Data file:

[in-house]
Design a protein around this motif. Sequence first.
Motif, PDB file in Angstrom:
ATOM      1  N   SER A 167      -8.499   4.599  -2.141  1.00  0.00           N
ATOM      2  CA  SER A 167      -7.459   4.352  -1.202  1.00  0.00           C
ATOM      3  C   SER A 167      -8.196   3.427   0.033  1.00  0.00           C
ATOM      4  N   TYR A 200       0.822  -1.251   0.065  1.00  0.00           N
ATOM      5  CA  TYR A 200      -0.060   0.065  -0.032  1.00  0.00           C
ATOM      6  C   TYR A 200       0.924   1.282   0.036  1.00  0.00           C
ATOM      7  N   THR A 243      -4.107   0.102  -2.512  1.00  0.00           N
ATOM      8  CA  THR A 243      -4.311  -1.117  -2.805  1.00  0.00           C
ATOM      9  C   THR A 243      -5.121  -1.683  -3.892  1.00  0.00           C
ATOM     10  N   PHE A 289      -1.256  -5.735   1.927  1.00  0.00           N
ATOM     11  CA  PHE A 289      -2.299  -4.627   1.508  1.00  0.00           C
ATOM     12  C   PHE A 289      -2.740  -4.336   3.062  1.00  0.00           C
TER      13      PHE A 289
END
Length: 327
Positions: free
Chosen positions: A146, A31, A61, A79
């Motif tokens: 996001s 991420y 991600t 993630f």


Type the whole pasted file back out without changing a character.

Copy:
[in-house]
Design a protein around this motif. Sequence first.
Motif, PDB file in Angstrom:
ATOM      1  N   SER A 167      -8.499   4.599  -2.141  1.00  0.00           N
ATOM      2  CA  SER A 167      -7.459   4.352  -1.202  1.00  0.00           C
ATOM      3  C   SER A 167      -8.196   3.427   0.033  1.00  0.00           C
ATOM      4  N   TYR A 200       0.822  -1.251   0.065  1.00  0.00           N
ATOM      5  CA  TYR A 200      -0.060   0.065  -0.032  1.00  0.00           C
ATOM      6  C   TYR A 200       0.924   1.282   0.036  1.00  0.00           C
ATOM      7  N   THR A 243      -4.107   0.102  -2.512  1.00  0.00           N
ATOM      8  CA  THR A 243      -4.311  -1.117  -2.805  1.00  0.00           C
ATOM      9  C   THR A 243      -5.121  -1.683  -3.892  1.00  0.00           C
ATOM     10  N   PHE A 289      -1.256  -5.735   1.927  1.00  0.00           N
ATOM     11  CA  PHE A 289      -2.299  -4.627   1.508  1.00  0.00           C
ATOM     12  C   PHE A 289      -2.740  -4.336   3.062  1.00  0.00           C
TER      13      PHE A 289
END
Length: 327
Positions: free
Chosen positions: A146, A31, A61, A79
């Motif tokens: 996001s 991420y 991600t 993630f």